I’m one of those people. You know … the ones who put their Christmas decorations up right after Thanksgiving and, then, leave them in place until sometime in February. I know, I know. People like me tend to annoy and irritate most everyone else. I mean, not all the time. But when it comes to the whole Christmas decoration thing, we’re a pain in the hoo-hah.
I think the right after Thanksgiving thing is pretty common. Most people I know put their trees and decorations up the weekend after Thanksgiving. Growing up, my dad worked what was called a “seven and seven” schedule. This meant he spent seven days living at his work site, and then he was home for seven days. If he was home for Thanksgiving, my family always put up our decorations the weekend after the Thanksgiving holiday. So we would gorge on turkey and count our blessings on Thursday. And by Saturday, we would be out hiking over our property in search of the perfect tree. By Sunday, our tree and house would be all decked out: ornaments, lights, the works. On that first Sunday evening, once all the lights were in place, we would turn all of them on, including the tree. Our house was at the top of a hill, and we had a long, unpaved driveway down to the road in and out of the area where we lived. We would all hike down the driveway just so we could see all of the lights from a distance. Good memories.
My family kept the tree up a little longer than most of my friends’ families. Although it could vary depending on my dad’s work schedule, my parents generally left the tree up for about a week after Christmas. We always had a live tree, which, of course, limited how long we could leave it up. By New Year’s Eve, or New Year’s Day at the latest, my dad generally had us undecorating and putting everything away. I can’t remember ever ringing in the new year with our decorations in place.
This year, we were late in putting up our tree. We were busy, and putting up the tree is a lot of work. There are things to be hauled from the garage. There are boxes to be searched. There are lights to be untangled and tested. There is furniture to be moved. Still, we got the tree up and running by the end of the first week in December. We had a beautiful tree this year, if I do say so myself. It was all decked out in colored lights, which gave it a beautifully pastel glow at night. For the past several years, we’ve used all white lights. We have a fake tree that came pre-lit. I like the white lights, too. But the tree is old and the lights don’t work any longer. In a way, this is great. Because those colored lights were fabulous this year. Really fabulous.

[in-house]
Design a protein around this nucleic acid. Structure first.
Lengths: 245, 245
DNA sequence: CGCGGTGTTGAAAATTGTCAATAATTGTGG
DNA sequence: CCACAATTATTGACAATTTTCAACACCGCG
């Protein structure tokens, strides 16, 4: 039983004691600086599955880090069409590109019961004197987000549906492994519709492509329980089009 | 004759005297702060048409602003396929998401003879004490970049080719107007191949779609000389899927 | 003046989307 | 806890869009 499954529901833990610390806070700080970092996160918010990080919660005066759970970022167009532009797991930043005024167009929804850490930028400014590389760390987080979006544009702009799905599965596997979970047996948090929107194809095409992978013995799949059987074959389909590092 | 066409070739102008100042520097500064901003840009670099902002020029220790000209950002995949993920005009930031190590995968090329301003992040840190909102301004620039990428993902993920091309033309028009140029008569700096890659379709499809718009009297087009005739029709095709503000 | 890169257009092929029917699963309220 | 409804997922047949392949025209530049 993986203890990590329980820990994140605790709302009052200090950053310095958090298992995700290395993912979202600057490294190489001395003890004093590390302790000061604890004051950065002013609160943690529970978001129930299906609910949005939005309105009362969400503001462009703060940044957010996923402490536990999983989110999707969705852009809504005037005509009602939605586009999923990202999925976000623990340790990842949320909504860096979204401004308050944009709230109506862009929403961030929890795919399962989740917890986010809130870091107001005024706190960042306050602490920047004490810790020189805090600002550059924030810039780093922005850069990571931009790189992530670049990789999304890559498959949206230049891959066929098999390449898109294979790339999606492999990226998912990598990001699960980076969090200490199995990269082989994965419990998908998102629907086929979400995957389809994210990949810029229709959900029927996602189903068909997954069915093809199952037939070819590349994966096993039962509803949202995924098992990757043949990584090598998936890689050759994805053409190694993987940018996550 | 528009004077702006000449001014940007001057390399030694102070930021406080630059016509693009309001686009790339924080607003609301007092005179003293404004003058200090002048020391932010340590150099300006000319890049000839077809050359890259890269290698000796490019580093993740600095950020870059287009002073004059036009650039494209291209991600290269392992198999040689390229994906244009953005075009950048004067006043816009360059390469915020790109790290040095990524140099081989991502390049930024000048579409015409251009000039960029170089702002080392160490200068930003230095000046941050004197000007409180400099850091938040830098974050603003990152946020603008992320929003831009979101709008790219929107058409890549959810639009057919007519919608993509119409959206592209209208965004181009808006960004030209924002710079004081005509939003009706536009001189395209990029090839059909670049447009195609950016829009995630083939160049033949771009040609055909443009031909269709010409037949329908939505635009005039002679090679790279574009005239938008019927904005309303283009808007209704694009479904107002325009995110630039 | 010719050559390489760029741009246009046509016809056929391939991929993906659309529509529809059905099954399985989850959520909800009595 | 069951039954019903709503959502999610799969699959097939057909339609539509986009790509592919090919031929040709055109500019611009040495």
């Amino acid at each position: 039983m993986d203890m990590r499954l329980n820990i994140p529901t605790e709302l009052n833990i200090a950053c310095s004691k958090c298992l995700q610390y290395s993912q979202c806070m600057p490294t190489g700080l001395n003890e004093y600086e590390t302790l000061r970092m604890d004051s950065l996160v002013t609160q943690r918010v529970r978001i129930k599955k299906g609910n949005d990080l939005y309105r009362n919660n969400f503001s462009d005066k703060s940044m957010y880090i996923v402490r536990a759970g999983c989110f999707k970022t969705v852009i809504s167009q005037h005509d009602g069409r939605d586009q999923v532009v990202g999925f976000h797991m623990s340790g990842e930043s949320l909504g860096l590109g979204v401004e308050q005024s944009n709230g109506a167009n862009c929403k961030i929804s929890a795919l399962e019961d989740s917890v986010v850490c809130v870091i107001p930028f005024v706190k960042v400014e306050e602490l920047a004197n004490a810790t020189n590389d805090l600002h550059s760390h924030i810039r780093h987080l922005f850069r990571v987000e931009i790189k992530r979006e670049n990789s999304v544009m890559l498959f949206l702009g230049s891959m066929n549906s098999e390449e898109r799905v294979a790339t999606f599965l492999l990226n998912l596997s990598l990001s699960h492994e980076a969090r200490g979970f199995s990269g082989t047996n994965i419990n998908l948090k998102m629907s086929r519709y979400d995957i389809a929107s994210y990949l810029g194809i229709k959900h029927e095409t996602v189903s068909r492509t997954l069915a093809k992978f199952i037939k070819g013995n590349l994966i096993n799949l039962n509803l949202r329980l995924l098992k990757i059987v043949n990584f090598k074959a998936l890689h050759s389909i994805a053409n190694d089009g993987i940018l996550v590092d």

By all rights, we should have taken our tree down weeks ago. Most people I know — especially folks who had real trees — have them down and packed away the day after Christmas. We used a real tree for a few years, and, even then, I couldn’t bring myself to take it down that quickly. Although we had to let it go by the end of the first week in January. Real trees just get too dry and dangerous. And messy.
Having a fake tree does away with all of that. It doesn’t do away with the mess — at least, not completely. Our tree is old and sheds. A lot. But it’s not likely to dry out and catch on fire. This is a big plus, because it means I can keep the tree up as long as I want. Last year, I think we took our tree down sometime in March. And it didn’t get put away in the garage until April. This is overly long, even for me. But last year was a weird and horrible year. I was too worried about my husband’s heart attack, surgery, and recovery to care much about the tree.
As I sit and type this, my tree is still assembled and decorated. It sits proudly in front of a window on the second floor. I still turn it on every night so I can sit and watch the lights. I still look forward to coming home in the evening and seeing it lit up through the front window of my house. I know Christmas is over. I know I’m “supposed” to take down all the decorations and put everything away and get on with the business of “normal life”. I know it’s unconventional and, maybe, even a little bit weird to still have the tree up and lit. I get it. I really do.
But here’s the thing: I don’t care.
I hate January. I hate this month with a mighty passion and the strength of ten dozen burning suns. It is a sad month for me, one that has always made me feel bittersweet, anxious, and unsettled. Now, one year after my husband’s heart surgery, I have even more terrible memories associated with January. All month, my Facebook memories have been from our time in the hospital or from just before my husband’s heart attack happened. January is gray and chilly and … well, to be honest, it’s more than a little bit boring. It’s also extremely long. Thirty one days … and I feel the true weight of each and every one of them.
The Christmas tree makes me happy. It gives me a little bit of brightness in a world that is locked into the midst of winter. It gives me a little pick-me-up on gray and dreary days that make me think Spring will never come. It helps me get over the bad memories. It’s not like the tree is going to erase those things. But seeing the cheerful lights and the beautiful ornaments helps to smooth out the edges just a little. It’s cheerful.
And so, it shall stay. At least until February. And I will happily remain one of those people. But I did bring in some of my outside lights. I might be one of those people … But I’m not a savage.